Unique BC Craft SpiritsNew & Innovative Products
First craft beer, then craft spirits. BC is in a golden age for those who like to indulge. Many distillers in BC started off with unaged spirits, because something has to pay the bills. By law, whisky in Canada has to be at least three years old, so distilleries have to do more than just wait for their spirits to mature. Clear spirits are also quite popular in North America, and with the booming cocktail culture, possibilities are endless for craft spirit producers. Here are some examples of unique and delectable bottlings in BC.
Vermouth is a product that could use a little more attention these days. It’s known to be a key ingredient in many classic cocktails. Vermouth’s elegance and beauty served solo or with a couple of ice cubes and a slice of orange, is a tipple not widely enjoyed on this side of the pond. In Europe, vermouth is much more than just that dusty bottle grandma pulls off the shelf at Christmas dinner. Vancouver’s Odd Society Spirits started making their bittersweet fortified wine with a base of BC Viognier grapes. Wine distiller Gordan Glanz adds upwards of 25 botanicals including wormwood, gentian, and local foraged goods like arbutus bark. Three types of citrus (orange, lime, and lemon peels) round out the pleasant, yet complex vermouth. Look for their very small batch expression that is further aged in ex-bourbon barrels. It’s a real treat.
Gin is something we have seen a lot of from our young field of distillers, though we are now seeing some very bold and exciting ingredients going into the bottle. Sheringham Distillery debuted their Seaside gin last year, and it’s a striking expression of our terroir. The Seaside gin uses a handful of traditional botanicals, but what makes this gin truly unique is the addition of locally harvested winged kelp. You may wonder, “How can a gin taste like the sea?” To me it is a walk along the sea shore, with waves pounding the beach, and kelp being left behind. While juniper and citrus do play a part on the palate, a refreshing floral and fruity profile dominates the nose. A briny, savoury note lingers nicely on the finish. This gin is just begging for some ice and an artisan tonic.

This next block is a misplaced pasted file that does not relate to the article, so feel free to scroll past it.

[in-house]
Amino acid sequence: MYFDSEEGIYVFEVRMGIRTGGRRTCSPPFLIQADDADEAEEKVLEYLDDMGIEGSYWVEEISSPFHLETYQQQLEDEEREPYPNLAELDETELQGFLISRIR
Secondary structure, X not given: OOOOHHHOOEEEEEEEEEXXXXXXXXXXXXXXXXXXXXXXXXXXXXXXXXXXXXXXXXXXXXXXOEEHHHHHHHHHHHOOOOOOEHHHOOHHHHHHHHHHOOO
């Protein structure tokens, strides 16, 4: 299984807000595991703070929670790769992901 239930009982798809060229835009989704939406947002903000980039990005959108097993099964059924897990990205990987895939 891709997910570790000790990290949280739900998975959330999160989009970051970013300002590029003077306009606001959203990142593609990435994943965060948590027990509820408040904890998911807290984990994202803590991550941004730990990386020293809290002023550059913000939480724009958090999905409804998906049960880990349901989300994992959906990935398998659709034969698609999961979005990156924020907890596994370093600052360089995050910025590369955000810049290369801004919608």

Serious cocktail imbibers may think amaretto is long gone, as are the sickly sweet 1980s cocktails that made it famous. The liqueur, which is based on apricot kernels (not almonds), is making a comeback thanks to a couple of BC boys. James Lester and Richard Klaus run the Sons of Vancouver Distillery in North Vancouver. The painstaking process of finding the perfect recipe took 82 tries, hence the name No.82 Amaretto. The silky smooth liqueur features only five ingredients, based on the boys’ wheat- and barley-based vodka. Apricot kernels, bourbon vanilla beans, and orange peel flavour the brew. A kiss of blackberry honey adds sweetness and a luscious mouthfeel.
Aperitivo in Italy is more a lifestyle than routine, kicking back at a cafe in the early evening, facing a lively piazza, crushing Spritz and Americano cocktails. Goodridge &Williams Distilling in Delta has launched Bitterhouse, a line of potable bitters. Bitterhouse Rubato is infused with different herbs and spices, with rhubarb being the highlight. Don’t get thrown off by the colour, this candy apple red elixir is far from sweet. Ripe stewed rhubarb aromas lead to bright, fresh strawberry on the palate, with an innocent, yet bitter finish. Rubato Negroni anyone?
One thing that never left, and isn’t going anywhere soon, is vodka. The square of the spirit world, vodka is colourless and odourless. Our friends at Wayward Distillery in the Comox Valley have made a nectar so alluring that one would swear they must be breaking the rules. What’s the secret? Natural, unpasteurized BC honey is fermented into honey wine or “mead”. The mead is carefully distilled and blended with glacier water, resulting in a truly sultry spirit. Pop a bottle of this in the freezer and pour it straight into a chilled glass, ice optional. It’s a product truly emphasizing the quality and complexity that can come from great ingredients and meticulous standards.
With more and more distilleries setting up shop all over the province, keep your eyes peeled and lips puckered for new and innovative spirits. Ask distillers to conduct tastings at your store and add these local ingredients to make a new signature cocktail in your bar.